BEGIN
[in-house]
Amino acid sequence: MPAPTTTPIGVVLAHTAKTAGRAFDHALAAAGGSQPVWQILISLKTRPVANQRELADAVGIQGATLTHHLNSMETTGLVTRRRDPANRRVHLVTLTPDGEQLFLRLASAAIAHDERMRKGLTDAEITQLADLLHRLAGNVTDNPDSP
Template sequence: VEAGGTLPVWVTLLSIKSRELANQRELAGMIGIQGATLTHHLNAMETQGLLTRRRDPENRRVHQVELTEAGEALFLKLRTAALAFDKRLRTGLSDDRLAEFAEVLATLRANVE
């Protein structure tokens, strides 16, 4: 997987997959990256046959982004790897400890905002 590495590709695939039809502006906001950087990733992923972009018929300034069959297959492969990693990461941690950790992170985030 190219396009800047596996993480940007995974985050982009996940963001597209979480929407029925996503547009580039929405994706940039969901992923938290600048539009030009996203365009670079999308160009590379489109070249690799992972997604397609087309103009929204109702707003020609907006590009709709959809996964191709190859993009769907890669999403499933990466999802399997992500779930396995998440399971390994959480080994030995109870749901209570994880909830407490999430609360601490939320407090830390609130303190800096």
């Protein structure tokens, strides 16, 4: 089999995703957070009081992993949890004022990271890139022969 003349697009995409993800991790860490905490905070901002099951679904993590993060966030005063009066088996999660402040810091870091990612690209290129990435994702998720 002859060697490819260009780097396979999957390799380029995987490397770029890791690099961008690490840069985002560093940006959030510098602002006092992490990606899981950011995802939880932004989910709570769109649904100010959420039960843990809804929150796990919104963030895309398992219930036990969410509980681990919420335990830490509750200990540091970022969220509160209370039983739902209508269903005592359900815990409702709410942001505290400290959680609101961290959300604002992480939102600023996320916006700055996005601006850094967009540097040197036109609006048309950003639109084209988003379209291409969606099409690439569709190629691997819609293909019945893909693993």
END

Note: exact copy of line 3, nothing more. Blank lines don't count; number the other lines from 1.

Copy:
Template sequence: VEAGGTLPVWVTLLSIKSRELANQRELAGMIGIQGATLTHHLNAMETQGLLTRRRDPENRRVHQVELTEAGEALFLKLRTAALAFDKRLRTGLSDDRLAEFAEVLATLRANVE